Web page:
On one side, commercial banks can analyse the trove of financial data they have on their customers and improve what they know about them, developing more targeted and convenient services.
However, this opportunity has been largely underutilised, with financial service providers mimicking products from each other in the guise of innovating new offerings.
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“Banks are, in particular, missing an opportunity with digitally savvy but financially non-savvy consumers; this segment is currently disengaged with banks’ digital channels because banks often fail to provide the quality advice and guidance these consumers need,” says EY.
This presents a special challenge for Kenyan banks that need to reach the millions of young people born in the age of mobile and social media that will form the next generation of account holders.
The advantage of convenient services served through mobile apps, often in partnership with mobile service providers, could also have a dimming effect on the brand visibility of the financial institutions.
In the last few years, several commercial banks have developed and rolled out mobile lending products in partnership with mobile service providers, delivering mixed results.
Interest incomes have gone up for some lenders including Commercial Bank of Africa (CBA), Kenya Commercial Bank (KCB) and Equity Bank.
On the other hand, customer engagement with the bank and adoption of additional products often flattens, eroding brand loyalty.
A significant 41 per cent of customers in the EY study said they would change financial service providers if a different one offered a better experience.
“Curiosity and excitement about banking options combined with increasingly robust and sophisticated digital tools mean banks are increasingly at risk of customers voting with their feet,” explains the report.
With many Kenyans having multiple bank accounts, SIM cards and now mobile lenders, this presents a crucial Achilles heel for banks in expanding their footprint.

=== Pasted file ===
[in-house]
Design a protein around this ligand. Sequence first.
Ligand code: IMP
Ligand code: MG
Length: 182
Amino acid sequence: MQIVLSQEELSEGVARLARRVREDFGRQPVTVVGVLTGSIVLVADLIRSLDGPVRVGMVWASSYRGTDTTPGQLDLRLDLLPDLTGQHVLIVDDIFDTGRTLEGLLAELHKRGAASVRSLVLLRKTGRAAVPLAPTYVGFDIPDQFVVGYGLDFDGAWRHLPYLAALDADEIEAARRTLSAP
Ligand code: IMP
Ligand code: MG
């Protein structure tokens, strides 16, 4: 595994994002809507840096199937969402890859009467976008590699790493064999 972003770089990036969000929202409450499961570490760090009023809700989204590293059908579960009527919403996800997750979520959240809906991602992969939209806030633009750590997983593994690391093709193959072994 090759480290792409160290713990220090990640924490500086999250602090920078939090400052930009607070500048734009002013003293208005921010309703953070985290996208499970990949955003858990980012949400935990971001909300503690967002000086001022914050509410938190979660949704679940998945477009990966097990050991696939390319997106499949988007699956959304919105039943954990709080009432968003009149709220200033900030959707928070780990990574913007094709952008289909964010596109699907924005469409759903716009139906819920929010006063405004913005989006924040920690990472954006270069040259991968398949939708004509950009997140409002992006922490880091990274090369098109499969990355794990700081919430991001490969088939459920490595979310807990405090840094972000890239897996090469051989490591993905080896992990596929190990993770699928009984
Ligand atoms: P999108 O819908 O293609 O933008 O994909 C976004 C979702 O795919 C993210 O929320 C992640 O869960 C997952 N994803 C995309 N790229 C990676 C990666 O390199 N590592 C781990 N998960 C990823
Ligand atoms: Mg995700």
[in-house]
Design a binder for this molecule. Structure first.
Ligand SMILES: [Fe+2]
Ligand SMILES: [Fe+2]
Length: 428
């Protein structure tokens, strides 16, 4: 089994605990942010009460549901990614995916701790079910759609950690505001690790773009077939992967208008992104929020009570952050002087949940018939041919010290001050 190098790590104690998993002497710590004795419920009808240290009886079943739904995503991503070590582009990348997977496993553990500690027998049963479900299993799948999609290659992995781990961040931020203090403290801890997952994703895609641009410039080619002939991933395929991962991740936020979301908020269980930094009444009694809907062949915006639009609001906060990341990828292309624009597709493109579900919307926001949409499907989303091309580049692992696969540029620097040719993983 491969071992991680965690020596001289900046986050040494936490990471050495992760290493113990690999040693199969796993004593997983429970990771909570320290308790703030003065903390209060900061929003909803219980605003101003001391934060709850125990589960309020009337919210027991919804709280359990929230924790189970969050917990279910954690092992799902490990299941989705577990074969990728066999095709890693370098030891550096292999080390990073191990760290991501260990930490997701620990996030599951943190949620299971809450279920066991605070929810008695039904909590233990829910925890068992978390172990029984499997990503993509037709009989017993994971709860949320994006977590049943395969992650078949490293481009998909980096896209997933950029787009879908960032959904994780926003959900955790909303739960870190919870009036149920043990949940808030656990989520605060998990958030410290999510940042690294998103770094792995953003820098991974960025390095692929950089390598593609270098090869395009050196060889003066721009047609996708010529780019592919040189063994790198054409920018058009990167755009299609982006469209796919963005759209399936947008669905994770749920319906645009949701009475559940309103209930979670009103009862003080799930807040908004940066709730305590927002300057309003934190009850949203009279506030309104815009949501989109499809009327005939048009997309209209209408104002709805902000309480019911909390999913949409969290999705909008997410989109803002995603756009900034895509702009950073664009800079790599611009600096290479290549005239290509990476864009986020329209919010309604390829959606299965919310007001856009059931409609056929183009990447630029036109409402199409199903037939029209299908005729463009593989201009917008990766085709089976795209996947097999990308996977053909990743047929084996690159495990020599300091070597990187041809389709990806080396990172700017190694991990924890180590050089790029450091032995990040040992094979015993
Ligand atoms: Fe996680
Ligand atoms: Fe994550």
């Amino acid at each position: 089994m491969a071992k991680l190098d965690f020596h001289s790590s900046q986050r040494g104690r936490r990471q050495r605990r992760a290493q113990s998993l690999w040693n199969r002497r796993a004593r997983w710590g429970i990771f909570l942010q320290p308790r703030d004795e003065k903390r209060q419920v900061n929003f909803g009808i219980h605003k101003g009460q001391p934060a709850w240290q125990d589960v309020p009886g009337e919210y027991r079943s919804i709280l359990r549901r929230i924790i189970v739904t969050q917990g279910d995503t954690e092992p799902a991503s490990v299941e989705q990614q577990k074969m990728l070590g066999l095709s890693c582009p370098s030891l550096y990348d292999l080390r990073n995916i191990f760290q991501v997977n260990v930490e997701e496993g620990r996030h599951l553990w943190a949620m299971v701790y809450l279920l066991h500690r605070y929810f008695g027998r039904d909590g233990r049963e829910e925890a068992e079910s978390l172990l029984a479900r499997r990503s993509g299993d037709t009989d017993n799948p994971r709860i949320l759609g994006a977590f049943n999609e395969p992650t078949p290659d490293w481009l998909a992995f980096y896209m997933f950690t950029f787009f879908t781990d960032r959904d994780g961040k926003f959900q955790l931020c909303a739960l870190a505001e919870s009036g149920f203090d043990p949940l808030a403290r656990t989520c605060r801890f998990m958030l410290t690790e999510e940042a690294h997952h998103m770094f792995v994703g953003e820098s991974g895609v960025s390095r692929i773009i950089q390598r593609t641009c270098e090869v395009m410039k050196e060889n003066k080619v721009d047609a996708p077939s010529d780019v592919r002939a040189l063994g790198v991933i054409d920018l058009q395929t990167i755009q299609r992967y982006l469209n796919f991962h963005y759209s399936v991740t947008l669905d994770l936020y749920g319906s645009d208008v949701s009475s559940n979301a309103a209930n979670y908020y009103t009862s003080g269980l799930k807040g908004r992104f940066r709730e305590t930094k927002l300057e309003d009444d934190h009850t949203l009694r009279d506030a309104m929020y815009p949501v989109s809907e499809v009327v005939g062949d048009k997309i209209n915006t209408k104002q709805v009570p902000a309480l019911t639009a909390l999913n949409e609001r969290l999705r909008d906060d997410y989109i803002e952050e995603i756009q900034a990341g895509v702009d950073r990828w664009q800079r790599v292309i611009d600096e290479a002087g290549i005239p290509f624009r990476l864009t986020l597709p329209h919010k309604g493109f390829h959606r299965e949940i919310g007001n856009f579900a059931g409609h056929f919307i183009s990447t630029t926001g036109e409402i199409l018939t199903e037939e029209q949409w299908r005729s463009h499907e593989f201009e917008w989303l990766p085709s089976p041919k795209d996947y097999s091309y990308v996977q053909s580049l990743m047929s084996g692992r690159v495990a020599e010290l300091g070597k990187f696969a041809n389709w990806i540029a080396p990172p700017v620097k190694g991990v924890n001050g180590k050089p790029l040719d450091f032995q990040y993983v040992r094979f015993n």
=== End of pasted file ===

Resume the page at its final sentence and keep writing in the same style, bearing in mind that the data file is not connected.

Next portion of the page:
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To stave off additional loss of market share to fintechs, banks will also need to radically change internal processes and customer offerings.
This includes simplifying product portfolios, features and pricing. In addition to this, banks will need to broaden services and expand their operations into new territories to create an ecosystem of value-added services, including non-financial.
“Better customer experiences start with deep knowledge and understanding of why and how customers interact with the bank over time, the so-called ‘customer journey’” says EY.
“Customer needs and expectations should drive the experience design, not outdated IT processes or legacy organisational structures. In this sense, traditional banks should emulate fintechs — which begin with a ‘clean slate’ in seeking solutions for consumers.”
A good place for banks to start is finding ways of graduating the millions of borrowers in their mobile loans portfolio into more engaging and long-term product offerings that cement brand loyalty.
Ultimately this will be good for the market through stimulating competition and innovation, leading to more options for discerning consumers and better value for money.